Work and thou canst escape the reward; whether the work be fine or course, planting corn or writing epics, so only it be honest work, done to thine own approbation, it shall earn a reward to the senses as well as to the thought.
Ralph Waldo Emerson
More quotes by Ralph Waldo Emerson
There is this benefit in brag, that the speaker is unconsciously expressing his own ideal. Humor him by all means; draw it all out, and hold him to it.
The sea, washing the equator and the poles, offers its perilous aid, and the power and empire that follow it… Beware of me, it says, but if you can hold me, I am the key to all the lands.
More quotes about Wisdom
Errors look so very ugly in persons of small means – one feels they are taking quite a liberty in going astray; whereas people of fortune may naturally indulge in a few delinquencies.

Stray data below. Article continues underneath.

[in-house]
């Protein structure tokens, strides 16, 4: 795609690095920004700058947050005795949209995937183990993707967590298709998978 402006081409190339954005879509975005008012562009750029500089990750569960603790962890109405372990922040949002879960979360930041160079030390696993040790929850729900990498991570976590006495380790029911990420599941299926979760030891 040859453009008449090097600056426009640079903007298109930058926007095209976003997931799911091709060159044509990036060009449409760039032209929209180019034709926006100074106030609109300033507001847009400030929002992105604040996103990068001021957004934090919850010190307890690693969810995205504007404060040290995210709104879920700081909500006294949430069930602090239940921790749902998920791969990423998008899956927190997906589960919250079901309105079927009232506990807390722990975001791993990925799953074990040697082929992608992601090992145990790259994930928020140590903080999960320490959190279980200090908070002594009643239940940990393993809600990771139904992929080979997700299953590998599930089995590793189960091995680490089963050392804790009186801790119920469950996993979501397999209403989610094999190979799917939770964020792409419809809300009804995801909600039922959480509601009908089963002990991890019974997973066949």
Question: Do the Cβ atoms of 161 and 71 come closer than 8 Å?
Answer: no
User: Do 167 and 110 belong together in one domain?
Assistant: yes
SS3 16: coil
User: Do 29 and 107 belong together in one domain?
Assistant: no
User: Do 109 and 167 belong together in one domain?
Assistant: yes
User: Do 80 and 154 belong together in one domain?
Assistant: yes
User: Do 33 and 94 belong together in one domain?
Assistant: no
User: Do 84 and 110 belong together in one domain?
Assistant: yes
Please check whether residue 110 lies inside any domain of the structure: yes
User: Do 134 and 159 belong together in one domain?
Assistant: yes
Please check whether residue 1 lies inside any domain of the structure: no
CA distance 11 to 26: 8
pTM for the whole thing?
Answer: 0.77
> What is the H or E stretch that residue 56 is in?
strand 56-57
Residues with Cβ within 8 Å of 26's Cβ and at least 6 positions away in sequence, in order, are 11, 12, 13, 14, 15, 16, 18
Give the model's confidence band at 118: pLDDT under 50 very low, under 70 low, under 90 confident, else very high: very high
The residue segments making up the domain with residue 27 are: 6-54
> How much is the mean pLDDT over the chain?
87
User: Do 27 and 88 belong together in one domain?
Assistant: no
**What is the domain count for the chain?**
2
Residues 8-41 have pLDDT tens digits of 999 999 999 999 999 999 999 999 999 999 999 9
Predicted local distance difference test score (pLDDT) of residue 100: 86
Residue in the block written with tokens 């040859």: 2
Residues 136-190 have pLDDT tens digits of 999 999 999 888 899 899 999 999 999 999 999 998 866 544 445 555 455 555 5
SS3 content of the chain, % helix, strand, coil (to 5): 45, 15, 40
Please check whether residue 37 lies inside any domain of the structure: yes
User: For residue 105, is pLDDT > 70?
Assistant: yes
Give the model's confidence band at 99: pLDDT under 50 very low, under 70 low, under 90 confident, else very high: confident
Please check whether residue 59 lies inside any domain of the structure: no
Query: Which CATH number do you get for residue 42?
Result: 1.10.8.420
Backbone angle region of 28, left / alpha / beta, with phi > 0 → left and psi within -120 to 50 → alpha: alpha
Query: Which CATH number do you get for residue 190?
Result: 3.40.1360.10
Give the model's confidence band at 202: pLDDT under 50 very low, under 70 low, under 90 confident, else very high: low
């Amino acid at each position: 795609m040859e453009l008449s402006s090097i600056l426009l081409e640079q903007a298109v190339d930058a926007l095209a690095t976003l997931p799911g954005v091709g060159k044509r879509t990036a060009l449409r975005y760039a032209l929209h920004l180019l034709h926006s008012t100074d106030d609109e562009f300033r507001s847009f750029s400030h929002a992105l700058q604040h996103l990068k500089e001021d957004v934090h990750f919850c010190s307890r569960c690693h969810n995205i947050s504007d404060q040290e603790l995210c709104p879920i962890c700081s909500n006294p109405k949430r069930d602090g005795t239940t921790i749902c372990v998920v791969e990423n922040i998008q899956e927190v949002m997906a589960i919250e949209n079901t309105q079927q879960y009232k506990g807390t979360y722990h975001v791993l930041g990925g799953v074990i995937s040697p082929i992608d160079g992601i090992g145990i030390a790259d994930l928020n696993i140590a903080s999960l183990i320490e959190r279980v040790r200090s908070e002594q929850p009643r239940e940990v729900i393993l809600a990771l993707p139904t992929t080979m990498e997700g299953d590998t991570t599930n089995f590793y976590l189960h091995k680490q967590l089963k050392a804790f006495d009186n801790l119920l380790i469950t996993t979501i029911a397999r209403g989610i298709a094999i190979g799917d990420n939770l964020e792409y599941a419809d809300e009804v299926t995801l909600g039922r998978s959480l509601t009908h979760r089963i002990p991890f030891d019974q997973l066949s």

The man with a toothache thinks everyone happy whose teeth are sound. The poverty-stricken man makes the same mistake about the rich man.
Every time you stop a school, you will have to build a jail. What you gain at one end you lose at the other. It’s like feeding a dog on his own tail. It won’t fatten the dog.
I am ready to meet my Maker. Whether my Maker is prepared for the great ordeal of meeting me is another matter.
I am not much an advocate for traveling, and I observe that men run away to other countries because they are not good in their own, and run back to their own because they pass for nothing in the new places. For the most part, only the light characters travel. Who are you that have no task to keep you at home?
He may justly be numbered among the benefactors of mankind, who contracts the great rules of life into short sentences, that may early be impressed on the memory, and taught by frequent recollection to occur habitually to the mind.